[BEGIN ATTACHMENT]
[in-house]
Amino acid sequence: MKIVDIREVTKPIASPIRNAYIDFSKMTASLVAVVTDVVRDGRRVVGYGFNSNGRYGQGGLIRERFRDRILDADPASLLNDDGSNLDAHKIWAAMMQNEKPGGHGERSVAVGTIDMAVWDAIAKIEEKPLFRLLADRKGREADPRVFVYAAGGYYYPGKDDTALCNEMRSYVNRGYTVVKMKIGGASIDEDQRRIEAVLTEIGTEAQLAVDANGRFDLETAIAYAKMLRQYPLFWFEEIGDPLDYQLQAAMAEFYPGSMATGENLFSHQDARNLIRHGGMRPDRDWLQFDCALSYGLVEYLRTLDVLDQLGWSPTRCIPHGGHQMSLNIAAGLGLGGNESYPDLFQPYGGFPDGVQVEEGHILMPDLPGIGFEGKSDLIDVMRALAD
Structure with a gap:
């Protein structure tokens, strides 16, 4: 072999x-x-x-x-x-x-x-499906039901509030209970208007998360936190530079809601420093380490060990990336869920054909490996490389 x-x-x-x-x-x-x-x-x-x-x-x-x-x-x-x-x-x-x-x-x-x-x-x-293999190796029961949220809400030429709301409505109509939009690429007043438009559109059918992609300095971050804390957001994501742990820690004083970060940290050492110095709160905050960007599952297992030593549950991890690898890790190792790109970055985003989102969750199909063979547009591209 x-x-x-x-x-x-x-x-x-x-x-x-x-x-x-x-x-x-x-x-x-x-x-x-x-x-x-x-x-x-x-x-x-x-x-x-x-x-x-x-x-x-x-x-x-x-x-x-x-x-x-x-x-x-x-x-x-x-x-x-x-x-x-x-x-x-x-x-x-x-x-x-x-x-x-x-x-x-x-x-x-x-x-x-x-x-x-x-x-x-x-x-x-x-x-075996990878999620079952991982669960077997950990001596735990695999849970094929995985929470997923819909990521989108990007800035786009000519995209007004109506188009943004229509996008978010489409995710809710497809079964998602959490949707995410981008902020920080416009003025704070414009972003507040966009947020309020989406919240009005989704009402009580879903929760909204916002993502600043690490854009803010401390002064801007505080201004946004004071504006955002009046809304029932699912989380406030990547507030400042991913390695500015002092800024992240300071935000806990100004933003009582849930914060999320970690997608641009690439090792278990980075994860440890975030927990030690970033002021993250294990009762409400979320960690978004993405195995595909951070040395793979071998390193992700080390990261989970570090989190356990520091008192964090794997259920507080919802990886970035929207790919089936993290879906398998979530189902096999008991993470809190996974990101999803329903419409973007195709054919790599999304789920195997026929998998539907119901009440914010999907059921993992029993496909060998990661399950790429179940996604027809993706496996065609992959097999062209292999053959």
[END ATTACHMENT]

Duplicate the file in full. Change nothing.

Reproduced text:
[in-house]
Amino acid sequence: MKIVDIREVTKPIASPIRNAYIDFSKMTASLVAVVTDVVRDGRRVVGYGFNSNGRYGQGGLIRERFRDRILDADPASLLNDDGSNLDAHKIWAAMMQNEKPGGHGERSVAVGTIDMAVWDAIAKIEEKPLFRLLADRKGREADPRVFVYAAGGYYYPGKDDTALCNEMRSYVNRGYTVVKMKIGGASIDEDQRRIEAVLTEIGTEAQLAVDANGRFDLETAIAYAKMLRQYPLFWFEEIGDPLDYQLQAAMAEFYPGSMATGENLFSHQDARNLIRHGGMRPDRDWLQFDCALSYGLVEYLRTLDVLDQLGWSPTRCIPHGGHQMSLNIAAGLGLGGNESYPDLFQPYGGFPDGVQVEEGHILMPDLPGIGFEGKSDLIDVMRALAD
Structure with a gap:
């Protein structure tokens, strides 16, 4: 072999x-x-x-x-x-x-x-499906039901509030209970208007998360936190530079809601420093380490060990990336869920054909490996490389 x-x-x-x-x-x-x-x-x-x-x-x-x-x-x-x-x-x-x-x-x-x-x-x-293999190796029961949220809400030429709301409505109509939009690429007043438009559109059918992609300095971050804390957001994501742990820690004083970060940290050492110095709160905050960007599952297992030593549950991890690898890790190792790109970055985003989102969750199909063979547009591209 x-x-x-x-x-x-x-x-x-x-x-x-x-x-x-x-x-x-x-x-x-x-x-x-x-x-x-x-x-x-x-x-x-x-x-x-x-x-x-x-x-x-x-x-x-x-x-x-x-x-x-x-x-x-x-x-x-x-x-x-x-x-x-x-x-x-x-x-x-x-x-x-x-x-x-x-x-x-x-x-x-x-x-x-x-x-x-x-x-x-x-x-x-x-x-075996990878999620079952991982669960077997950990001596735990695999849970094929995985929470997923819909990521989108990007800035786009000519995209007004109506188009943004229509996008978010489409995710809710497809079964998602959490949707995410981008902020920080416009003025704070414009972003507040966009947020309020989406919240009005989704009402009580879903929760909204916002993502600043690490854009803010401390002064801007505080201004946004004071504006955002009046809304029932699912989380406030990547507030400042991913390695500015002092800024992240300071935000806990100004933003009582849930914060999320970690997608641009690439090792278990980075994860440890975030927990030690970033002021993250294990009762409400979320960690978004993405195995595909951070040395793979071998390193992700080390990261989970570090989190356990520091008192964090794997259920507080919802990886970035929207790919089936993290879906398998979530189902096999008991993470809190996974990101999803329903419409973007195709054919790599999304789920195997026929998998539907119901009440914010999907059921993992029993496909060998990661399950790429179940996604027809993706496996065609992959097999062209292999053959």